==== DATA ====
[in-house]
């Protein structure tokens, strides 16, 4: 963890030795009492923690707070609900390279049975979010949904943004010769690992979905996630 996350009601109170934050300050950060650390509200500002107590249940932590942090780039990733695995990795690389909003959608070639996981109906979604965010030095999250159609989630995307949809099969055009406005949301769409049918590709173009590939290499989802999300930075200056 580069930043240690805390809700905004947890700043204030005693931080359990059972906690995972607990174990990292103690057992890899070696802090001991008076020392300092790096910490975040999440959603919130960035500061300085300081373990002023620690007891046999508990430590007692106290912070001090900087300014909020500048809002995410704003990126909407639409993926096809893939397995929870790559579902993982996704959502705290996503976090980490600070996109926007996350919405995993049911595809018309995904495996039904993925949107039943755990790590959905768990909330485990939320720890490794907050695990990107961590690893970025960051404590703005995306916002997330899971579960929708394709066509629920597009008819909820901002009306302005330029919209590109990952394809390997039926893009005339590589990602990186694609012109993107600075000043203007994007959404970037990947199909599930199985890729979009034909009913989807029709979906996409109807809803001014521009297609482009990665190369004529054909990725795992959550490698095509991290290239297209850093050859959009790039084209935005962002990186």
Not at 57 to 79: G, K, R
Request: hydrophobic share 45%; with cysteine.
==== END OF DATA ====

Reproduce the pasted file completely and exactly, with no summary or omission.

[in-house]
């Protein structure tokens, strides 16, 4: 963890030795009492923690707070609900390279049975979010949904943004010769690992979905996630 996350009601109170934050300050950060650390509200500002107590249940932590942090780039990733695995990795690389909003959608070639996981109906979604965010030095999250159609989630995307949809099969055009406005949301769409049918590709173009590939290499989802999300930075200056 580069930043240690805390809700905004947890700043204030005693931080359990059972906690995972607990174990990292103690057992890899070696802090001991008076020392300092790096910490975040999440959603919130960035500061300085300081373990002023620690007891046999508990430590007692106290912070001090900087300014909020500048809002995410704003990126909407639409993926096809893939397995929870790559579902993982996704959502705290996503976090980490600070996109926007996350919405995993049911595809018309995904495996039904993925949107039943755990790590959905768990909330485990939320720890490794907050695990990107961590690893970025960051404590703005995306916002997330899971579960929708394709066509629920597009008819909820901002009306302005330029919209590109990952394809390997039926893009005339590589990602990186694609012109993107600075000043203007994007959404970037990947199909599930199985890729979009034909009913989807029709979906996409109807809803001014521009297609482009990665190369004529054909990725795992959550490698095509991290290239297209850093050859959009790039084209935005962002990186």
Not at 57 to 79: G, K, R
Request: hydrophobic share 45%; with cysteine.